Norwegian’s partnership with Zakarian is just one of many recent collaborations between cruise lines and celebrity chefs. For its much-anticipated Quantum of the Seas launching next November, Royal Caribbean is teaming up with British chef and media darling Jamie Oliver, James Beard Award-winner Michael Schwartz and bestselling cookbook author and chef Devin Alexander. Meanwhile, fans of Bravo's "Top Chef" series can to sail alongside former contestants onboard Celebrity Cruises’ "Top Chef at Sea" excursions. 

For culinary adventurers, restaurants are just the tip of the iceberg. “Food and wine pairing dinners, chef demonstrations, cooking classes and shore side dining excursions are another part of the elevated culinary-at-sea experience – which is now the norm, and no longer the exception, for ships large and small,” said Christine Duffy, President and CEO of the Cruise Lines Industry Association, the industry’s largest trade association.

With more choices come more ways to spend money, so it’s crucial to do your research and decide which experiences are most appealing, Dunham-Potter says. She had budgeted extra for dining on a weeklong cruise on the Breakaway last summer and was happy to indulge her teenage daughters at Shanghai’s Noodle Bar, where pricing is à la carte. “My kids just loved those noodles, which cost $7 each time,” she said. At the end of the cruise, Dunham-Potter’s noodle-bar bill was $57.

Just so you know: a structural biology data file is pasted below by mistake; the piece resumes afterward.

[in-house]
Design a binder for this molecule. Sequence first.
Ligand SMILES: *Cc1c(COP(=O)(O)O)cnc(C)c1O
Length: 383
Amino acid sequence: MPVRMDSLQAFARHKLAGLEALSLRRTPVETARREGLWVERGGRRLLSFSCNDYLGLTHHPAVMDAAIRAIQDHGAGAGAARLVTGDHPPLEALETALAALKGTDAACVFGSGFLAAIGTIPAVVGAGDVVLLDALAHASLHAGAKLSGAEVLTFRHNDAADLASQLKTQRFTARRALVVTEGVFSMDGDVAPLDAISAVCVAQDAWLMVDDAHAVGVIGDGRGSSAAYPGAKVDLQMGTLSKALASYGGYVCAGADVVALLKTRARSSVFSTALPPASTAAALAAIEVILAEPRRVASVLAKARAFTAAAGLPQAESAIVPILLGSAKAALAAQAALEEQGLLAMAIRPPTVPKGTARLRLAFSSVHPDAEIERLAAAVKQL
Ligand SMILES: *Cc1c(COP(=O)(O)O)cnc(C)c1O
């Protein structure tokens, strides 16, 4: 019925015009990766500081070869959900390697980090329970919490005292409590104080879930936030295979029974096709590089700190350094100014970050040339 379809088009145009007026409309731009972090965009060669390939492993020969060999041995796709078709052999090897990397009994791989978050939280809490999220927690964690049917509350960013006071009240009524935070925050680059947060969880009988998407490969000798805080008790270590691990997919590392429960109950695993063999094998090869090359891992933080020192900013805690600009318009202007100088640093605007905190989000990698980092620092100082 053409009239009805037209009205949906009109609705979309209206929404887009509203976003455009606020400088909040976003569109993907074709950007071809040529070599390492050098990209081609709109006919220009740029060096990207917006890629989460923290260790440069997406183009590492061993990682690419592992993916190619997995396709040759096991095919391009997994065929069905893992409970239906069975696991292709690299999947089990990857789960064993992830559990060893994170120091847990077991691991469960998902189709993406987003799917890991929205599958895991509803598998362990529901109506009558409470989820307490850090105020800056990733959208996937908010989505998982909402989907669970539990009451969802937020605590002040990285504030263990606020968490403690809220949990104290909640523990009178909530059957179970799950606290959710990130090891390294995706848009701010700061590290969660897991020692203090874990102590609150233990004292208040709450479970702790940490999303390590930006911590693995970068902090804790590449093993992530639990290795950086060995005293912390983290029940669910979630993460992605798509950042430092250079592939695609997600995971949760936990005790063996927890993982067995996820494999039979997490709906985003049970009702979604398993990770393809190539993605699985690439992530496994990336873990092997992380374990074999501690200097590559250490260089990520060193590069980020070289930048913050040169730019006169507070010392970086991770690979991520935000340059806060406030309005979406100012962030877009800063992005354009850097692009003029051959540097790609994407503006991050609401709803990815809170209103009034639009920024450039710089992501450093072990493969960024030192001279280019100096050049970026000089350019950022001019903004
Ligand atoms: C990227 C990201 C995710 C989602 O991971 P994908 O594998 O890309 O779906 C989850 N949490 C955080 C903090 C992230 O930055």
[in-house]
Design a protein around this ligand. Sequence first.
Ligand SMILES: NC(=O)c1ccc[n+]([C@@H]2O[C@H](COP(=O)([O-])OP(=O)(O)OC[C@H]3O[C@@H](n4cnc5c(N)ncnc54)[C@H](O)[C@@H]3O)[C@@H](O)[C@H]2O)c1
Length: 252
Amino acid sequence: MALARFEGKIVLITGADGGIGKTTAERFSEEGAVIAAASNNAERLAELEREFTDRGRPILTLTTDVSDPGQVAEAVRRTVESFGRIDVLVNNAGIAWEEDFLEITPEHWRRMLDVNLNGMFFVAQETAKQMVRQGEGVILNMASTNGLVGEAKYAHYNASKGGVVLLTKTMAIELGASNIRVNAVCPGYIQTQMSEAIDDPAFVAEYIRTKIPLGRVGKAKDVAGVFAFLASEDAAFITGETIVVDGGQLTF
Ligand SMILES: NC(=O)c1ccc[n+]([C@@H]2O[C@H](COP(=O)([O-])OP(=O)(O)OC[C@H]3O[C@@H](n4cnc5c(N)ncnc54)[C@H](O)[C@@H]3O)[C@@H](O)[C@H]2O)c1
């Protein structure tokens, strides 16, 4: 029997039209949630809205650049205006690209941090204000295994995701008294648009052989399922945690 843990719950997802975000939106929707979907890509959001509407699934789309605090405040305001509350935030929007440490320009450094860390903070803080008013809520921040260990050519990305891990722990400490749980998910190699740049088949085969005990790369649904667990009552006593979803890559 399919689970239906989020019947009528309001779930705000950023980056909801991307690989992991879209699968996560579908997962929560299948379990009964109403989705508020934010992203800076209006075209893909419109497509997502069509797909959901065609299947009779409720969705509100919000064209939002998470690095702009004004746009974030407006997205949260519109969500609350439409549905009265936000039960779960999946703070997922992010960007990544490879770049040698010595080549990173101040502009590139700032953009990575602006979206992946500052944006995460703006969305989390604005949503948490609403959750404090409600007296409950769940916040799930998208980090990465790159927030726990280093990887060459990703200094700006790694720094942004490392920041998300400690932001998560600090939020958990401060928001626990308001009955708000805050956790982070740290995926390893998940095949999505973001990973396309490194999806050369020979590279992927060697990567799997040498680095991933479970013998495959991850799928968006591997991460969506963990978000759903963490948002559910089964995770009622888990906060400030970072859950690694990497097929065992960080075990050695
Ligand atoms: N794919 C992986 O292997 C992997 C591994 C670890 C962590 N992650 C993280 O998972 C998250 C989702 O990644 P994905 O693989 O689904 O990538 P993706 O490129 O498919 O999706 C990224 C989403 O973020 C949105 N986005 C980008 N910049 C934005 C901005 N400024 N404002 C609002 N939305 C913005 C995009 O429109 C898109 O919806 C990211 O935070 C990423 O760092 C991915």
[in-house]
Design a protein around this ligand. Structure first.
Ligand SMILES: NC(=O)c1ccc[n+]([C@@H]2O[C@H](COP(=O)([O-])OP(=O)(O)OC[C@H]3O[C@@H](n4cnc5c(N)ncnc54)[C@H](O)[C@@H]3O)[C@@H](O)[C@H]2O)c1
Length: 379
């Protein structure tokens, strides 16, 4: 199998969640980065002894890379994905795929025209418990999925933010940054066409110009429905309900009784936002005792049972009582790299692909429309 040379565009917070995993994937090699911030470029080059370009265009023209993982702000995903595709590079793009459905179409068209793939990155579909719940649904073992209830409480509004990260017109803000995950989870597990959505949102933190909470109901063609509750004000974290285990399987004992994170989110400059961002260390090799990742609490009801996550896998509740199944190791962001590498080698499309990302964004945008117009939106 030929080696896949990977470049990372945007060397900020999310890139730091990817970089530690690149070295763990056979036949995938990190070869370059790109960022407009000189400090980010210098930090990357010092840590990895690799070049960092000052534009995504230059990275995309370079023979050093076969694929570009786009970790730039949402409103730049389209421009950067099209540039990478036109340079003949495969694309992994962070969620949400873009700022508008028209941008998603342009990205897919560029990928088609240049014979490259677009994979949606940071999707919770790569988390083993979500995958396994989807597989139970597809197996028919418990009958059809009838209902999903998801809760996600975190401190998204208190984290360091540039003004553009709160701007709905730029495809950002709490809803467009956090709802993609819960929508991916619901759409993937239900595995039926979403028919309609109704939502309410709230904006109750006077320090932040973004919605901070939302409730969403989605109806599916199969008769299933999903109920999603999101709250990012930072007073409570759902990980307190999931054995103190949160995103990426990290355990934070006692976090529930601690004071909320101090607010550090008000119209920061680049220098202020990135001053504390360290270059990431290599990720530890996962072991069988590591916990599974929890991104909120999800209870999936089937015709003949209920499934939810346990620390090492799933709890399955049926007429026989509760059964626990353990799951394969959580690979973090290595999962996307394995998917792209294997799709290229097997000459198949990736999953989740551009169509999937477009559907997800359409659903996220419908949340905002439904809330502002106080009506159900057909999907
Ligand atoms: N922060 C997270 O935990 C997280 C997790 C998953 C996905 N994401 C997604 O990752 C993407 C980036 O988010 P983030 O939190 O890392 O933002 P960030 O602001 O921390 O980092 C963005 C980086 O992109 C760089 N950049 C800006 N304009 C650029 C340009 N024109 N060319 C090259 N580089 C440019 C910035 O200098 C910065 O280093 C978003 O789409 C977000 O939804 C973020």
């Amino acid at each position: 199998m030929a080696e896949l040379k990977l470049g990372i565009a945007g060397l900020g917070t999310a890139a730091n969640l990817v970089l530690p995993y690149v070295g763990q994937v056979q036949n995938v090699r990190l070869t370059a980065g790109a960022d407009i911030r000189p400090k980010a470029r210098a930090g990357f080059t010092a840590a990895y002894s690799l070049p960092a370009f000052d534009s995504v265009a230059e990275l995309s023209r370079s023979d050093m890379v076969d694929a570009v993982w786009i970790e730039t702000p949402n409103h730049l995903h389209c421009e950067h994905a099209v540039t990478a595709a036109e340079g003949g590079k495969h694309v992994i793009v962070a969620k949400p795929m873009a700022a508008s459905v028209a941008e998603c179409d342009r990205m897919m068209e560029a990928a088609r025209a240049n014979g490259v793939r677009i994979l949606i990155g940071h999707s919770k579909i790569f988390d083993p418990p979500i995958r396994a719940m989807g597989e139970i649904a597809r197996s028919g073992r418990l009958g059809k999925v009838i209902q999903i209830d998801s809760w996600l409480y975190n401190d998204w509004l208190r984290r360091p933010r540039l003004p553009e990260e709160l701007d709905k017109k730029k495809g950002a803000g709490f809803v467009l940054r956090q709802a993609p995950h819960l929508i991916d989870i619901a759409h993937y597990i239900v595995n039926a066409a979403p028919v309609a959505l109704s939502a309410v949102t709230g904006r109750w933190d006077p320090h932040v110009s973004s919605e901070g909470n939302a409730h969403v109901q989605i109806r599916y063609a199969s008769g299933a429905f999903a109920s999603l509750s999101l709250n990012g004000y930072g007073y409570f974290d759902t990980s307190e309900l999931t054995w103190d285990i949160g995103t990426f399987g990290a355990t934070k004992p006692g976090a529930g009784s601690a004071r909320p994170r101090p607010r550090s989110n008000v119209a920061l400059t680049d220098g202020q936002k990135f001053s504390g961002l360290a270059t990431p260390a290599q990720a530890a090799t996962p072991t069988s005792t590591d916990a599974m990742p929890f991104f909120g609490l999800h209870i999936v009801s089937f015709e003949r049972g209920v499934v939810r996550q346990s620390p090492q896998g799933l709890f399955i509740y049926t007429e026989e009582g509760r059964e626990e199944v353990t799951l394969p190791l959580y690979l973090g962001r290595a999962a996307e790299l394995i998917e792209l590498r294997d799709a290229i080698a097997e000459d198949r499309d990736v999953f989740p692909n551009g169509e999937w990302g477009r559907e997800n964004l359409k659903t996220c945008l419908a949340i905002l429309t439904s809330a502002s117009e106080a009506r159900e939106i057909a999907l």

It all adds up. “People who aren’t keeping track of what they are spending on dining every day can be surprised to get a bill that is close to what they paid for the cruise fare,” said Linda Garrison, who writes at About.com Cruises. “I think people can lose their minds a bit because they get into the ‘I’m on vacation’ reward mode.”

Still, some folks are able to resist the siren call of specialty dining. “I’ve met a lot of people who are perfectly happy eating in the dining room every night and are not at all interested in trying out the French or Asian restaurant,” said Eisenberg.

“These ships serve a lot of different types of travelers, and I like that there are so many choices. Each cruiser will spend their money differently on the ship, and you just have to know what your preferences are.”

Eisenberg advises cruisers to be realistic in their expectations. “If you’re spending $399 for a weeklong cruise in the Caribbean, it’s just not intelligent to assume that that price is going to include everything,” she said.

“Unfortunately, cruises are still marketed as all-inclusive vacations,” said Dunham-Potter. “But if you want a nicer experience, you do need to budget for that. If you love steak and your ship is has a great steakhouse, then you’re going to want to allot a set amount of money for that.”

“And the bottom line is that you can still go on a cruise where you eat and sleep without paying anything above your fare, except for the tip for your crew,” said Garrison. “If you’re disciplined, you can come close to an all-inclusive vacation, but you’re going to have to resist an awful lot of temptation.”

Suzanne Rowan Kelleher is the family vacations expert at About.com.